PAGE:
But Ah-nuld gets all the press, to the detriment of his other co-stars, who all deserved better careers. Linda Hamilton carries this film on her back, being both its POV character and the living MacGuffin (see? Consumer and consumable), transitioning from Boring, Normal Person to Horror Movie Survivor more believably than anyone since Jamie Lee Curtis. I’d even go so far as to put her ahead of the First of the Final Girls. Michael Bien is the best action star of the 80s who’s career fizzled out in the 90s, along with the rest of the genre. His soldier’s shouting and gritted teeth are already believable, showing why he could get away with sleeping through Aliens boot camp. [“Somebody wake up Hicks.”] Even the background characters are memorably well-acted. I’d watch the hell out of a Cop Drama anchored by Paul Winfield and Lance Henricksen…in fact, how come Paul Winfield never showed up in Henricksen’s pseudo-mystical Cop Drama, Millennium? Earl Boen’s Dr. Silverman is a preening fool, but I wouldn’t have it any other way, to the point where he may be the series’ secret MVP…the lone voice of reason in this fucked-up, time traveling world. Which, because it is so fucked up, might just also make him the craziest person around.
The only thing that keeps this movie from being perfect are a few cheap shots. The rubber Ah-nuld head. Bits of the stop-motion endoskeleton performance. Little continuity errors, like the placement of peoples arms. Things you only notice because everything else looks so damn good. And I feel bad picking on ’em for it. Oh, you mean to tell me a low-budget movie from the early-80s didn’t have the time or budget to get all the coverage they wanted? Gasp. Shock. Sound the trumpets: we’ve got a revelation on our hands.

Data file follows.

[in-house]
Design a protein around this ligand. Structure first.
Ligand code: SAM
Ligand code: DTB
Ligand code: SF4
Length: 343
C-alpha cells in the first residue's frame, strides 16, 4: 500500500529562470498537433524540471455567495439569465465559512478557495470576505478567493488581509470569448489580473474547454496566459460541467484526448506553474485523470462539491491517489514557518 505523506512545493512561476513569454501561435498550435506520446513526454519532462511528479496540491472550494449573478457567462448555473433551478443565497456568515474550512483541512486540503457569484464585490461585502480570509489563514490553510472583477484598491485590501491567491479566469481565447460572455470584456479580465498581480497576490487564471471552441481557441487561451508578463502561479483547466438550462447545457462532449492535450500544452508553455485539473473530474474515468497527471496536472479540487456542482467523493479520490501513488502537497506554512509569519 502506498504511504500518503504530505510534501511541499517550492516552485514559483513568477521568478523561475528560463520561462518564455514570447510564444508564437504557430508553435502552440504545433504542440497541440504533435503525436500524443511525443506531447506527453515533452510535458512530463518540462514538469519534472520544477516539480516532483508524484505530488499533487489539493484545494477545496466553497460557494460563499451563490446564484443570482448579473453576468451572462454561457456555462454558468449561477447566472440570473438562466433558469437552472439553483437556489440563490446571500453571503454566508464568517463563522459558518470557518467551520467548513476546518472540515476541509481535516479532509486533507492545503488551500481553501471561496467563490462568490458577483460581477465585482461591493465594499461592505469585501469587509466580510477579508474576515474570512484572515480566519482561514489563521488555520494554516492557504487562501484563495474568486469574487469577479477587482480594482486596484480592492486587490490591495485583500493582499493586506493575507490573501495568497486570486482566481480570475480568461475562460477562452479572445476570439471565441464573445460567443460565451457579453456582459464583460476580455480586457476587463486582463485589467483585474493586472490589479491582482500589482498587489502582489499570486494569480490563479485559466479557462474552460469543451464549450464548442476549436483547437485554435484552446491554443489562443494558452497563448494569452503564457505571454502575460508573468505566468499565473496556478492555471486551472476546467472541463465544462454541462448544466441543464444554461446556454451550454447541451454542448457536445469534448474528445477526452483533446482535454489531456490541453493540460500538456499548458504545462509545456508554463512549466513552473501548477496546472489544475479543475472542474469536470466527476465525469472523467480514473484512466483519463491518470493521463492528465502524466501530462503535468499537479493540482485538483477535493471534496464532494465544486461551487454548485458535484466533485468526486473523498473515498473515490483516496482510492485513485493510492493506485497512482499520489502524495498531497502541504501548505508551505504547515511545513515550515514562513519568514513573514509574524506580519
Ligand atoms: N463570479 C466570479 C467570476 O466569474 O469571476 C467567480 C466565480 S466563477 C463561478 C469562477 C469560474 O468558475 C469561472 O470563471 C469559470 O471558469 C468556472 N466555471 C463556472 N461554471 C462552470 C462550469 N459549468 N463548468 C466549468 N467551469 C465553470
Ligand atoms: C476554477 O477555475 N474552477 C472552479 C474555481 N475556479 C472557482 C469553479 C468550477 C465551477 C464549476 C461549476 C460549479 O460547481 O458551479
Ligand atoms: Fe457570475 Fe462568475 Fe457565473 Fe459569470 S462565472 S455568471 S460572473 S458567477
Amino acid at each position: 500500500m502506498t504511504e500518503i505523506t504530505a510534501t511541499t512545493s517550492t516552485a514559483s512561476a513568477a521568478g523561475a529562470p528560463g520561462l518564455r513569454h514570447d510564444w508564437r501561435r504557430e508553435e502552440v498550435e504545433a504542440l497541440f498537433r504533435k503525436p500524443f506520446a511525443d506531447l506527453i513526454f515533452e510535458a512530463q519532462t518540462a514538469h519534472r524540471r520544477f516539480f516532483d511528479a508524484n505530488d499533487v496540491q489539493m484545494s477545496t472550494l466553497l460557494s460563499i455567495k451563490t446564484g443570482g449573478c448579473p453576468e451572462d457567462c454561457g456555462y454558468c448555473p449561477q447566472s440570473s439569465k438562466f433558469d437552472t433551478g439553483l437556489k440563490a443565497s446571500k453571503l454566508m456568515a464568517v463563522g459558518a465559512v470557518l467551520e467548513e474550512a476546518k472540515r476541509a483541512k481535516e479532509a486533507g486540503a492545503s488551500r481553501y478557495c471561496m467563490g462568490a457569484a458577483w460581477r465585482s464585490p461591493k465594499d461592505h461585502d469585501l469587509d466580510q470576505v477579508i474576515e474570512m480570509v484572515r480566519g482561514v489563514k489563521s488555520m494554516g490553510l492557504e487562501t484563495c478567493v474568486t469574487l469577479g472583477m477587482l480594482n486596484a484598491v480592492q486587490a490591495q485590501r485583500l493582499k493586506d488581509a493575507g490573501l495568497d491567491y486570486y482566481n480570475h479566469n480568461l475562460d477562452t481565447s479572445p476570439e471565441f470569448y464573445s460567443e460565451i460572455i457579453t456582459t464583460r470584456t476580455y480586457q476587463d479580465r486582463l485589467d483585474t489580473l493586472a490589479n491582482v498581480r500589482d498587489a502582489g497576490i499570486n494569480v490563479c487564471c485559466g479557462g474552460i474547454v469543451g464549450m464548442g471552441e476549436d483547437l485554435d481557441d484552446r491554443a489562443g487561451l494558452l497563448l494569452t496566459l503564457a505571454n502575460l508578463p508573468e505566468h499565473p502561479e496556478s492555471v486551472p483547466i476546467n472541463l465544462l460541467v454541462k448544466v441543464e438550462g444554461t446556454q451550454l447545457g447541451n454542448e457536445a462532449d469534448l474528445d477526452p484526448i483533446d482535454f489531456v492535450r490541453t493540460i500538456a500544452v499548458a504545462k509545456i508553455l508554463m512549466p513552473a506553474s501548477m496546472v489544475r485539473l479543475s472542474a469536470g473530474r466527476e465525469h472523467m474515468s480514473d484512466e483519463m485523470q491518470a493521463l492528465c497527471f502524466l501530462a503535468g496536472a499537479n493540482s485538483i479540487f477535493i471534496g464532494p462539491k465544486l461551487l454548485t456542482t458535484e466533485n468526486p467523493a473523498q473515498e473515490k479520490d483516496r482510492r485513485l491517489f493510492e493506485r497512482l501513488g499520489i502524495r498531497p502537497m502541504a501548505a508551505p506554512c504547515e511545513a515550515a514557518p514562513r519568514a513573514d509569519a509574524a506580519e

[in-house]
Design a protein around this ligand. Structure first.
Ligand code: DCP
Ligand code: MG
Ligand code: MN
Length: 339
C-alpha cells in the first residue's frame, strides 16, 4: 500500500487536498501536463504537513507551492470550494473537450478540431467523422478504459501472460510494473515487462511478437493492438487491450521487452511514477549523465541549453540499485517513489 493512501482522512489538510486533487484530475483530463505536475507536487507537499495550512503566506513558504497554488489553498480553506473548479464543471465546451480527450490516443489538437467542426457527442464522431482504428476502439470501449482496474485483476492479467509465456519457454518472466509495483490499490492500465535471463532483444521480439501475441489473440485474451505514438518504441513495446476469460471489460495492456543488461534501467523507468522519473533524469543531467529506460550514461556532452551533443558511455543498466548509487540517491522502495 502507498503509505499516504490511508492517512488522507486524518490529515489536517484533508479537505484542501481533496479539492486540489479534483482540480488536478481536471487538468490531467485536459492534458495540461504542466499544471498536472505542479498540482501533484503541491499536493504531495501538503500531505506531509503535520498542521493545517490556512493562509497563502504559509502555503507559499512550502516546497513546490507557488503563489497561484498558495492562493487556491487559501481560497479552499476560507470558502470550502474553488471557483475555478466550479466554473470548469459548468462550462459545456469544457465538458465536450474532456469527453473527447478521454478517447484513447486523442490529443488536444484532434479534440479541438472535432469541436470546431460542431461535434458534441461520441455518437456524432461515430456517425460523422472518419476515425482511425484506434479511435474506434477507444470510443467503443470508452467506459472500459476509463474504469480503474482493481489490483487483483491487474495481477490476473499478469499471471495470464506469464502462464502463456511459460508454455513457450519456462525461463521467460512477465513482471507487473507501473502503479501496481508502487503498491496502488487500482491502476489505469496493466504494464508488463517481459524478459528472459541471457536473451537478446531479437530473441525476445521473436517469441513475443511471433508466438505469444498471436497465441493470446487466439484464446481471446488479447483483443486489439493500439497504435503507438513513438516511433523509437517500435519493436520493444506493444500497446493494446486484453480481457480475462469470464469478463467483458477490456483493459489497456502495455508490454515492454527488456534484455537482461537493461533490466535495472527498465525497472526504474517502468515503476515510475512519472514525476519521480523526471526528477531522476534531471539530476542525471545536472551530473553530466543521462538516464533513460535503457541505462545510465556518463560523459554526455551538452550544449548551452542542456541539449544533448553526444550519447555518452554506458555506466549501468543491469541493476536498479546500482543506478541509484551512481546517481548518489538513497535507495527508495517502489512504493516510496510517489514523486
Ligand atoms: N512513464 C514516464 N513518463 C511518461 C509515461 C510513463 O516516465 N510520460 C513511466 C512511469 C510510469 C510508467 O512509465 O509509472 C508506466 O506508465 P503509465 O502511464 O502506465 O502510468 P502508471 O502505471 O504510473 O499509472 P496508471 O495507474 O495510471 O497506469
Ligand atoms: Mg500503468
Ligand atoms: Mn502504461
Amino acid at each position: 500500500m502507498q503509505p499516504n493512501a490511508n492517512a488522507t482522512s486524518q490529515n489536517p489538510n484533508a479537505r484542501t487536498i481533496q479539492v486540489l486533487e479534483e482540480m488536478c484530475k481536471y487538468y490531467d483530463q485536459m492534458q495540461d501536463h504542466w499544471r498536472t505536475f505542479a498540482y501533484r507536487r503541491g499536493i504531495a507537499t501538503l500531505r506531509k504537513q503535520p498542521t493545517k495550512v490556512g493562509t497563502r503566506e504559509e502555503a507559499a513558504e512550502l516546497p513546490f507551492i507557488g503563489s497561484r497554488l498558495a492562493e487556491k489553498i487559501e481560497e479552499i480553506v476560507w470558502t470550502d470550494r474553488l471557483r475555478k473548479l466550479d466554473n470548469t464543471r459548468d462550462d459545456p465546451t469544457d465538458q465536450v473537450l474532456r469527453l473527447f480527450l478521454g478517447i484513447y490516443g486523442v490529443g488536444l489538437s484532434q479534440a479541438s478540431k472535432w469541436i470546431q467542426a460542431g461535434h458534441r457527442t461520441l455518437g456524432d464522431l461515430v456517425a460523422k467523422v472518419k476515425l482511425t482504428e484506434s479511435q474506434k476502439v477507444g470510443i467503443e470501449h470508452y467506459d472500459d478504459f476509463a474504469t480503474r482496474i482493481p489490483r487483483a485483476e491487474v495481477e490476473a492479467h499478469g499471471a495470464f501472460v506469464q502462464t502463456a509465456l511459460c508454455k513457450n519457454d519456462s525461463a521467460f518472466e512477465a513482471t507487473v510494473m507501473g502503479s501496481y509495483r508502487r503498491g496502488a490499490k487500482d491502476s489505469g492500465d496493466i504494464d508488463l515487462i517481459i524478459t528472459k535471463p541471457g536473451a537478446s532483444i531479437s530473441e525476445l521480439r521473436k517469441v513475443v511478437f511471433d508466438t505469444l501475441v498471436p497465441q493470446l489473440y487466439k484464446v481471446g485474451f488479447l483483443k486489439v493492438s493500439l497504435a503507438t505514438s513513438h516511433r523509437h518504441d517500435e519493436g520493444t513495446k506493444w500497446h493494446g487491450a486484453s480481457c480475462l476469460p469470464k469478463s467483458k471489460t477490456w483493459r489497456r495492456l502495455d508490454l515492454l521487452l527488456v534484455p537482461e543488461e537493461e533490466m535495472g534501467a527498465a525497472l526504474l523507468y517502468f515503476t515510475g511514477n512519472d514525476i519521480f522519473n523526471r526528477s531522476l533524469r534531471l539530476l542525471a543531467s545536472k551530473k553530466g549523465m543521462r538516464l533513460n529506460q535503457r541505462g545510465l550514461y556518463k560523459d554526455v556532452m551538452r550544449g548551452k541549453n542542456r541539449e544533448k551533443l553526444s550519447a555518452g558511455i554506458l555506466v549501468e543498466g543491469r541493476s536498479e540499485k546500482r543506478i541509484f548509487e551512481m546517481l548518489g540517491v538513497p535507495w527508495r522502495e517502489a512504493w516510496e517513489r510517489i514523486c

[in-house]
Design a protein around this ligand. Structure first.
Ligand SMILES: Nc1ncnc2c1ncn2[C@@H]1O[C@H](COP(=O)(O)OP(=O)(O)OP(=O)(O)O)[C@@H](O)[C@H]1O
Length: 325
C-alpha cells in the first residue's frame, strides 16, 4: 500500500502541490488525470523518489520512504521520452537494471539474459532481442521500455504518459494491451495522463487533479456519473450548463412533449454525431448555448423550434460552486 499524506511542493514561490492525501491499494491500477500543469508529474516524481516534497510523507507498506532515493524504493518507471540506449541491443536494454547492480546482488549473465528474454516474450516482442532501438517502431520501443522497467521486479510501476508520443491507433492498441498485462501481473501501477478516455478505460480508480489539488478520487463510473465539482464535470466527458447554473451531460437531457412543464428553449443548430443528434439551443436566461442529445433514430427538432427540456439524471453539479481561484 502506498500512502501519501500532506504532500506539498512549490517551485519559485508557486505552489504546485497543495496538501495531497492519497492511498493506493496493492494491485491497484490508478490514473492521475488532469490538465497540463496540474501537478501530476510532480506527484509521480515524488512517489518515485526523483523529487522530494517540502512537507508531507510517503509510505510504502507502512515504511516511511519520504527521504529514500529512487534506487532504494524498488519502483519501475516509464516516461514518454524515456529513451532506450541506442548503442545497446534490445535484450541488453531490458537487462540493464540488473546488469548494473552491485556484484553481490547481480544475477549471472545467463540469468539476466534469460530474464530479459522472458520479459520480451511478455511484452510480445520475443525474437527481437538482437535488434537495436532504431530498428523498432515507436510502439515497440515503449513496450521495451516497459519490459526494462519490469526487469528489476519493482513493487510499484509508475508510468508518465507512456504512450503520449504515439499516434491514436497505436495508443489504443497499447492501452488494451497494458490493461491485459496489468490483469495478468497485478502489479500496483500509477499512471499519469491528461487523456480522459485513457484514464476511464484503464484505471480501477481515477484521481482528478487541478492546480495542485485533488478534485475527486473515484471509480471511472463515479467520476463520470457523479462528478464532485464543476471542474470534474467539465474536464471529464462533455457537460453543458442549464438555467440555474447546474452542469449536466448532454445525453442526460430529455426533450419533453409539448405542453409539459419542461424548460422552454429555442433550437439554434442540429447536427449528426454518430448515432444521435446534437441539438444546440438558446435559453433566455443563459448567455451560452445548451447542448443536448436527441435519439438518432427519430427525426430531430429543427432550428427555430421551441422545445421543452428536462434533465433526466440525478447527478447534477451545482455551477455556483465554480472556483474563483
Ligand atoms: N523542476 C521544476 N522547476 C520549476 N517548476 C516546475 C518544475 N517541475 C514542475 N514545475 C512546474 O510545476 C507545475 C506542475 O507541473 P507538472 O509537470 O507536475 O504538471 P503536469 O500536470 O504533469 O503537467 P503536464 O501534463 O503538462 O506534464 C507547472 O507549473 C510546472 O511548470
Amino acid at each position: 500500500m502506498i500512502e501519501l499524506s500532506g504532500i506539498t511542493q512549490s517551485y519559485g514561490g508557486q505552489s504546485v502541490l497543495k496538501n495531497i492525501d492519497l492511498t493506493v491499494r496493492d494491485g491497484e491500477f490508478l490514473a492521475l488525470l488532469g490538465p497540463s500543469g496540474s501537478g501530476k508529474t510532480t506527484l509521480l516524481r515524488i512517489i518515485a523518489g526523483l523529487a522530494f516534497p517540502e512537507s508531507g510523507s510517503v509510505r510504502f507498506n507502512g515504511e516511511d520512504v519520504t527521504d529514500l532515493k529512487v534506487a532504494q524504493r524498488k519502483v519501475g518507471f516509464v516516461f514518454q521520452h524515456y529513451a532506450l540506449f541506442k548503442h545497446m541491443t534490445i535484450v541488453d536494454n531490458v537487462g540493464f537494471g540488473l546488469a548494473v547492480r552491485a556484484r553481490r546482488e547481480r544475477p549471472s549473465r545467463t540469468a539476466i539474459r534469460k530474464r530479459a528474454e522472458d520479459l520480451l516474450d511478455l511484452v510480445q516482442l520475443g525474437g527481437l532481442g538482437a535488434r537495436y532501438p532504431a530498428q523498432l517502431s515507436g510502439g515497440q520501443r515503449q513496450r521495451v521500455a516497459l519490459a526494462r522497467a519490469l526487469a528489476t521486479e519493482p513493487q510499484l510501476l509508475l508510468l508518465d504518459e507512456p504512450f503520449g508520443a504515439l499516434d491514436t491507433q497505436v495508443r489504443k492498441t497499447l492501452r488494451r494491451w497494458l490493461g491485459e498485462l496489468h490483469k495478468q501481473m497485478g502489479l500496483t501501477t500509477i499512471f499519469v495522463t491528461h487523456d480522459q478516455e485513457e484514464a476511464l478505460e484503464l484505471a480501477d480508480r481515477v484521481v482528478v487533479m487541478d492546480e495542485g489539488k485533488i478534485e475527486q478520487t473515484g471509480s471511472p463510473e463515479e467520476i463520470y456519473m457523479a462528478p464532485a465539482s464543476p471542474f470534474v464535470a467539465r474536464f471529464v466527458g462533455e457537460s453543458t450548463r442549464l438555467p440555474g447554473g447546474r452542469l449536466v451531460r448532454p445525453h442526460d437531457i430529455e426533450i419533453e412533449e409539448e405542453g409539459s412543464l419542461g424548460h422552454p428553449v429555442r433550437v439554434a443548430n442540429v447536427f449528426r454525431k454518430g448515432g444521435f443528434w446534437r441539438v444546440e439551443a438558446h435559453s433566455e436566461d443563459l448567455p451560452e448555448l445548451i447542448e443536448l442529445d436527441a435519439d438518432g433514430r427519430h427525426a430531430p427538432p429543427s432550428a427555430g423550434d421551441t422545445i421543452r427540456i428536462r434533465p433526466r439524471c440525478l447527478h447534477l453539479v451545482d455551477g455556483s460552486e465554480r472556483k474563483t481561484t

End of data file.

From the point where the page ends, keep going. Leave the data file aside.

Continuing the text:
Yes, it’s startlingly similar to at least two stories Harlen Ellison wrote for The Outer Limits back during James Cameron’s childhood. So much so that he got his name in the credits by threatening to sue. But that’s his baggage – not mine. Mine tells me this is one of the high points of 1980s sci-fi, combining excellent action, directing, editing, and acting with a distinctive mood and atmosphere that generations of lesser filmmakers and have struggled, and failed miserably, to recapture. This came out the same year William Gibson’s Neruomancer hit bookstore shelves, kicking off what we now call “cyberpunk,” But I want to live in a universe where the name of the club Sarah flees to when she thinks she’s being stalked became the name of the genre: Tech Noir. Like classical Noir of the 40s and 50s, Terminator is an astonishingly smart film disguised as a dumb one, that shows just how smart “dumb” movies can be with a little ambition on their sleeve. Both apocalyptic and hopeful, it’s made of 100%, certified paradox, reconciled by a once-in-a-lifetime collection of talent, vision and drive that leaves you fulfilled…and wanting more at the same time. Which is good, because that collection of talent reconstituted itself less than seven years later, and made one of the greatest, most influential movies of all time…